Notes from the President
I remember recently having a conversation with one of our club members about the sound quality of a certain Mountain Dulcimer. I remember stating a comment, which at the time seemed to make perfectly good sense, and then once I said it, I realized there was quite a double entendre.
I remarked, “You know, I think I've discovered that some instruments sound better the more that you play them. In other words, an instrument that is neglected does not seem to have as good a sound as an instrument that is played all the time.” At least that was my intended meaning when I said it. However, once I said it, I realized what I really said.
Of course, an instrument sounds better the more we play it because, the more we play it: the better we get. It may not necessarily be the instrument itself, but it certainly is our playing of it.
Now, I do believe that there is something about playing an instrument that causes it to have better resonance and therefore better sound. It happens in a way that I don't understand. I am sure it has something to do with the constant vibrations and combination of wire and wood.
Yes, I know that perhaps such a discussion is going too far in the direction of the weirdness. Yet, is it not true?!
This then brings me to another but yet, related point. A while back I was in an email conversation with a woman in Pennsylvania regarding an older dulcimer which she recently acquired. This dulcimer was not expensive or of particularly good quality. It was quite simple and very basic in its construction. One might even say it was quite utilitarian. Through research, I found that this particular model was not known to have a good sound. Yet she remarked that it sounded nice to her and that she intended to use it to teach her granddaughter. It turned out that this woman was fairly accomplished in her playing ability. So, although this poor little dulcimer was not known to be great, she made it sound good.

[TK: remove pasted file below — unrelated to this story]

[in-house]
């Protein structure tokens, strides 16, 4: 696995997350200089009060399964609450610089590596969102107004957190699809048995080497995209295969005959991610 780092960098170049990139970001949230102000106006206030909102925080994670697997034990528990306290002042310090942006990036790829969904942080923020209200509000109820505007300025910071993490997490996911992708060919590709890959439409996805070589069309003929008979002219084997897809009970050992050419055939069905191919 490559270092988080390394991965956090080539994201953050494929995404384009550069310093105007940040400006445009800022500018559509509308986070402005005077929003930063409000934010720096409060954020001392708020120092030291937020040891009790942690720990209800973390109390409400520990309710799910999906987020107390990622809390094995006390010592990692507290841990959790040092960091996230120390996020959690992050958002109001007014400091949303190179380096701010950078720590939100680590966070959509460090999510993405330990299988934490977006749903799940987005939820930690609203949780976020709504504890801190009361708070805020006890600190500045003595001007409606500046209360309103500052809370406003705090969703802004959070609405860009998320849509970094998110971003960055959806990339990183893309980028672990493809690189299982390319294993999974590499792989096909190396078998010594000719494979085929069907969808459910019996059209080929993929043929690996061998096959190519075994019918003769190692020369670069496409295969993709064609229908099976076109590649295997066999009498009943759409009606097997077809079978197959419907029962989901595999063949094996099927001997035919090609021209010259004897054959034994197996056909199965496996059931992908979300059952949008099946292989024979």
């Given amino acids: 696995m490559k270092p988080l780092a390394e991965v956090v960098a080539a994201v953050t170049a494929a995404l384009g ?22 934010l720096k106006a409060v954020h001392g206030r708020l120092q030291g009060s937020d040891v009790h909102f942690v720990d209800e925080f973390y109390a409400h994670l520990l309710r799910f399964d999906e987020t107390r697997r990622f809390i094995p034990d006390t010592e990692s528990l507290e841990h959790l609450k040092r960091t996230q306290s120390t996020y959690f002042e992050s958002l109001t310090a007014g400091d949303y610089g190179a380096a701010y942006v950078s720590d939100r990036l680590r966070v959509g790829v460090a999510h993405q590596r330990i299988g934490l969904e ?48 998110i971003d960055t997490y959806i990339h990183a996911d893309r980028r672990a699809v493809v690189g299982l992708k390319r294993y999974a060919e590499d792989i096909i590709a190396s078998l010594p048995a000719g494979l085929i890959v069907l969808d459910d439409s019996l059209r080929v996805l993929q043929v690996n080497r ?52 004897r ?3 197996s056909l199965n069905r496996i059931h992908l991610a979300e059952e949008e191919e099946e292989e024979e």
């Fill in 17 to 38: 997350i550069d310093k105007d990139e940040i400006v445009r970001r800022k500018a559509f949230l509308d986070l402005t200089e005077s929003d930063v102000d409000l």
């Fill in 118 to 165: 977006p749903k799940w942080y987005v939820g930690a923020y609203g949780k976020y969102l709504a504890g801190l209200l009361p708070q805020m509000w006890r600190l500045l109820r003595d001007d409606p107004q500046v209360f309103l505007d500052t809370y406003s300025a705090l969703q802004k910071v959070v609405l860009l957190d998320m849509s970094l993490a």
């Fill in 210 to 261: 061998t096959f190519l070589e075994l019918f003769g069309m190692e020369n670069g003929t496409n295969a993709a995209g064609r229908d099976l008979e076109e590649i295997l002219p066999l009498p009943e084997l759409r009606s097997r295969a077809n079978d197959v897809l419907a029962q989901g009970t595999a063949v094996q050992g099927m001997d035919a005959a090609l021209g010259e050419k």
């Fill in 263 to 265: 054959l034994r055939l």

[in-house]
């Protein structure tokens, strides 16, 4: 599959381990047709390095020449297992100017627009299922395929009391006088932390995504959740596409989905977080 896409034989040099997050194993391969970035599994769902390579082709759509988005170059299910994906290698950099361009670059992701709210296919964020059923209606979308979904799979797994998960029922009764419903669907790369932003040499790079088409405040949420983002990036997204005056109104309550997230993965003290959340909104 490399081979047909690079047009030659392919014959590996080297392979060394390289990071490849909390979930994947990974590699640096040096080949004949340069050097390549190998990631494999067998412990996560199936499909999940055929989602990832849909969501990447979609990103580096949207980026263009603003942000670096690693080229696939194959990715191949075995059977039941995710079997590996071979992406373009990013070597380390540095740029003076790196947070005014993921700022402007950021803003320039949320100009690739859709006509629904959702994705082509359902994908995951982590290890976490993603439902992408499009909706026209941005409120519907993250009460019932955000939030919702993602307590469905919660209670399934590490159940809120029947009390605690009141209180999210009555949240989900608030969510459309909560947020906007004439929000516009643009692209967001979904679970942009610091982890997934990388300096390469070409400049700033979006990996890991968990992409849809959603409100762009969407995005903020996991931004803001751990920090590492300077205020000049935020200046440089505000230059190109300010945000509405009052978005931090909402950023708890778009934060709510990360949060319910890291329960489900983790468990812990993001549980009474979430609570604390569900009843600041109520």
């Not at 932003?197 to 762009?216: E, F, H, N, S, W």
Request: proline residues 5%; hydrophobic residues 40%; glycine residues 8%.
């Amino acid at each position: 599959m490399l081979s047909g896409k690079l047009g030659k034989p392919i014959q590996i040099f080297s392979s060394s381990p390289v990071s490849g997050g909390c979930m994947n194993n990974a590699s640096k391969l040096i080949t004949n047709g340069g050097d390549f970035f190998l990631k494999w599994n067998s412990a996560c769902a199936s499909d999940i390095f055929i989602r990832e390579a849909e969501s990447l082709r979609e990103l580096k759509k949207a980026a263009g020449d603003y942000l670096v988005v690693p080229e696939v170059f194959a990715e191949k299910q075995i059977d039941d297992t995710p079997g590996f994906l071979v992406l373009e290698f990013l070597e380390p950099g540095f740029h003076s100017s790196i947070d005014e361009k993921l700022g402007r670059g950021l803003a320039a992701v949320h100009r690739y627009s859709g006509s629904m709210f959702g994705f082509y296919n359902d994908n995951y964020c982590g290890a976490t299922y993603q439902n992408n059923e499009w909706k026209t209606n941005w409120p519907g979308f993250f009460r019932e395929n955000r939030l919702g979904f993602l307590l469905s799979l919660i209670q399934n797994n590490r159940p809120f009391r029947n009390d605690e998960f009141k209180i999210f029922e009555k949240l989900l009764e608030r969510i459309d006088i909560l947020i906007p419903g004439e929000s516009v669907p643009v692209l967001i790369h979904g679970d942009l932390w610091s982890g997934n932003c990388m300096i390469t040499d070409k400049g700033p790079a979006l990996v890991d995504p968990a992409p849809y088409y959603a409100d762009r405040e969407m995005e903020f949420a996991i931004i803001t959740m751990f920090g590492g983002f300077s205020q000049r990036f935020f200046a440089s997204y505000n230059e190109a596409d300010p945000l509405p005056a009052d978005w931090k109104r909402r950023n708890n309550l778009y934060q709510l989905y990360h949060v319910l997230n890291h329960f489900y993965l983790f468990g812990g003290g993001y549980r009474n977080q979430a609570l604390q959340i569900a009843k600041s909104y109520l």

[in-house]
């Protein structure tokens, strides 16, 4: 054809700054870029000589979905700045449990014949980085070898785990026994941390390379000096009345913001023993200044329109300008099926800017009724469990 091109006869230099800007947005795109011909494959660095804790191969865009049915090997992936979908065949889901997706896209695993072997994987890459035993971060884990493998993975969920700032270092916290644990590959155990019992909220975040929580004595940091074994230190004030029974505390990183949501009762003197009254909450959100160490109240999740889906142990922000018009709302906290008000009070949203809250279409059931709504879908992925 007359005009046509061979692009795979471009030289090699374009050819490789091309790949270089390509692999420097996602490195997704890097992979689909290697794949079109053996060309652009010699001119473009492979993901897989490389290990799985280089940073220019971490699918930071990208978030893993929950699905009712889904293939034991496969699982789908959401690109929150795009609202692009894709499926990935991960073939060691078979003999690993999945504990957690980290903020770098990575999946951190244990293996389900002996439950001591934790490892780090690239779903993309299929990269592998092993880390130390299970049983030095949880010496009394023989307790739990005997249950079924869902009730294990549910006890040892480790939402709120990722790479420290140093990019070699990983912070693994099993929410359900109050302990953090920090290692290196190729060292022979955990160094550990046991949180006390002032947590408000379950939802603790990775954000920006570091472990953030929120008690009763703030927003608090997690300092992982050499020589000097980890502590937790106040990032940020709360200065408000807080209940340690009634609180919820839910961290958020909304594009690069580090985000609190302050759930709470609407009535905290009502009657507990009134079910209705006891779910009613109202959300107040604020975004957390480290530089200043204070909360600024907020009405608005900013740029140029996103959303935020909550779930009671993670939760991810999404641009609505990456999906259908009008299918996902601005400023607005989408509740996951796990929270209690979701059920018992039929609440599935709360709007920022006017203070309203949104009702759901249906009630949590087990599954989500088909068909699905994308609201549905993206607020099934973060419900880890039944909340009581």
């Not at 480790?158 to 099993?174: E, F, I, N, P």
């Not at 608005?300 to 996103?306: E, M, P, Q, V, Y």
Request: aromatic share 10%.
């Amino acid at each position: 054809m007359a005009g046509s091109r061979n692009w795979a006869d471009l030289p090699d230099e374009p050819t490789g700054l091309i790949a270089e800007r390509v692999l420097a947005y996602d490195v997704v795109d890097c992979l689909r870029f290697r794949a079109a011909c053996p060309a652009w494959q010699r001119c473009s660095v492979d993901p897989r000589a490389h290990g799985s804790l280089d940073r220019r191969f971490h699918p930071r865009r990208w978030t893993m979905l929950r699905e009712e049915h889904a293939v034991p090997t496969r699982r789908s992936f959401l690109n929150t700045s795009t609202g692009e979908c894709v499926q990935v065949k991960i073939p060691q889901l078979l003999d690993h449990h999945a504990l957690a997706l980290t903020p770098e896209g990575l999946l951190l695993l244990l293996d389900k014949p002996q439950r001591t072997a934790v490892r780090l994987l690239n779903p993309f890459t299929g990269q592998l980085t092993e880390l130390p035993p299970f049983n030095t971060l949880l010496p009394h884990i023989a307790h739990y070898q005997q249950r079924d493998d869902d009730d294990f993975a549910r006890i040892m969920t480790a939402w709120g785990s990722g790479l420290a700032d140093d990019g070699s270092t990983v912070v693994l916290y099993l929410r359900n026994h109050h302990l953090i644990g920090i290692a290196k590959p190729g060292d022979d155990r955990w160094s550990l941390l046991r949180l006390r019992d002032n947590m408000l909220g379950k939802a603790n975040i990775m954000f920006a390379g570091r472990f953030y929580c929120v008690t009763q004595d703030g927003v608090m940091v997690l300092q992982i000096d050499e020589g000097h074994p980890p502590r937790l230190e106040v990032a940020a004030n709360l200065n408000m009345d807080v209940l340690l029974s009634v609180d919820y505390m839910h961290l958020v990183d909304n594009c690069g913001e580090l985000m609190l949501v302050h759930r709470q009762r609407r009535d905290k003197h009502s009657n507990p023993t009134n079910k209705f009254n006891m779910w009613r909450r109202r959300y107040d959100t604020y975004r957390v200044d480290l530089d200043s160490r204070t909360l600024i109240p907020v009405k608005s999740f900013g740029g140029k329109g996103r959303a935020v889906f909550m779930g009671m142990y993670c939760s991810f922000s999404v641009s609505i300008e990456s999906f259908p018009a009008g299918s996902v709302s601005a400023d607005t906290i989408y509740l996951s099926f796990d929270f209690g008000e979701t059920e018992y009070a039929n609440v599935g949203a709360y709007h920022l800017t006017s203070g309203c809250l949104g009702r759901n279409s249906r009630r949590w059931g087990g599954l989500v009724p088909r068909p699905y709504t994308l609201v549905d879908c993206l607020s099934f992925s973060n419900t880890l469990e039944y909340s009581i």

Yes, it is true. Sound quality comes from the hands of the musician and not necessarily from the instrument.
In the same time frame I saw this acted out in another artistic medium in conversation with our daughter regarding woodworking. I related to my daughter something that I have known for decades. There is a wide range of quality in woodworking tools, yet the woodworker must learn to make the best use of whatever tools are available. The sign of a true artist is the person who can make true art regardless of whatever tool is present. I think something similar applies to musical instruments. Now granted, I am quite aware that some instruments will indeed sound better than others simply because they are initially a better instrument at the onset! There is no argument there. Yet consider this: original dulcimers were made from firewood, nails and wire. And, they were played with turkey feathers as a pic. Compare that with any dulcimer made today.
What then, is the difference? Don't answer that question from an academic perspective. Answer that question from an artistic perspective. Perhaps you’ll see what I mean.
Keep on pickin’